Security Council Open Debate on Children and Armed Conflict
Statement by NATO Secretary General’s Special Representative for Women, Peace and Security, Clare Hutchinson
I thank you for the opportunity to address the Security Council on the occasion of this Open Debate on Children and Armed Conflict.
I would like to recognize the considerable and impactful work of the Security Council through its Working on Group on Children and Armed Conflict over the years and note that much has been achieved.
NATO has long recognised that protecting children in armed conflict is an important aspect of any comprehensive strategy to resolve conflict, and a key component of durable peace and security.
NATO has mainstreamed child protection into its work since the 2012 NATO summit in Chicago with a view toward practical field-oriented measures to address conflict-related violations against children. This was given concrete structure with the adoption by the North Atlantic Council of the “Protection of Children in Armed Conflict – Way Forward” in 2015 and has been reaffirmed by the Alliance in its most recent 2018 Brussels Summit. NATO is also considering avenues to strengthen its policy framework on children and armed conflict in light of lessons learned in the near future.
A key measure of any successful policy, however, is its impact on the ground where children are in harm’s way. Crucial to impactful action to protect conflict-affected children is both awareness by our own forces and experts and the full integration of child protection in our work with partners. Together with the UN, we have developed practical, field-oriented measures to address conflict-related violations against children, including adopting Standard Operating Procedures for monitoring the six grave violations and an up-dated training package on children and armed conflict for our troops which should be released shortly.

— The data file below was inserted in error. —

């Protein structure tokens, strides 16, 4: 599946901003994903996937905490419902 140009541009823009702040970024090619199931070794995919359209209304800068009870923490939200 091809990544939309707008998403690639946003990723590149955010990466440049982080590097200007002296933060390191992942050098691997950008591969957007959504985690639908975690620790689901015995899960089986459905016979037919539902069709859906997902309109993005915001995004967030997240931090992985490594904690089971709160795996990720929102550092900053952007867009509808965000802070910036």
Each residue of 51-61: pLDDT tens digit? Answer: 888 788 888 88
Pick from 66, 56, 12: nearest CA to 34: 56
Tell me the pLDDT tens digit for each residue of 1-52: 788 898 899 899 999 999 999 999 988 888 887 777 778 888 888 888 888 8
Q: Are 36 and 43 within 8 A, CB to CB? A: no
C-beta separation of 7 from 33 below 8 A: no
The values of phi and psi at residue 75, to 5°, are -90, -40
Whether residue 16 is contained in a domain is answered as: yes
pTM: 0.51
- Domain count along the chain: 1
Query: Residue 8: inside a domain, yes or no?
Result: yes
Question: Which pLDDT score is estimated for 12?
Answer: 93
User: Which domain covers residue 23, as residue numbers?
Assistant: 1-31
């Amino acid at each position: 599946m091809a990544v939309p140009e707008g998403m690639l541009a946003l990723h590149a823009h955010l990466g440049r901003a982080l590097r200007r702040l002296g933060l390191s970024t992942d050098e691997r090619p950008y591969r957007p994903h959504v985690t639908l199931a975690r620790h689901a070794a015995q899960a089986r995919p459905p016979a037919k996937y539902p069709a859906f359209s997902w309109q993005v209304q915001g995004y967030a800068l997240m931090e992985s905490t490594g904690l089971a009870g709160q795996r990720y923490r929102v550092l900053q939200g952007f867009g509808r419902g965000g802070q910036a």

In Afghanistan, NATO’s Resolute Support Mission (RSM), a non-combat mission, is established to train, advise and assist the Afghan National Defense and Security Forces. The Mission continues to prioritize child protection principles in its training and capacity building and played an active part in the 2017 Afghan National Army Child Protection Policy. A senior Child Protection Adviser has been in place in our Resolute Support Mission in Afghanistan since 2016 and undertakes policy advocacy with all Afghan Security Forces ensuring that child protection is addressed. NATO Officials continue to raise the issue of protection of children in their political and military engagements with senior officials.
While we are proud of what we have achieved, there is still much to do. We continue to reach out to the Afghan Security Forces and our UN and NGO partners to ensure that training and policy goals to better protect children are maintained and deepened, and to reinforce our political commitment.
Fifteen years ago this month, also under a French Presidency, the world stood up and, by adopting Security Council Resolution 1612, made a choice to protect conflict affected children around the world, not just in statements but in concrete action.
NATO stands with the entire international community in recognizing that we all have a collective responsibility in guaranteeing that all children, everywhere, are protected, not only in word, but also in deed.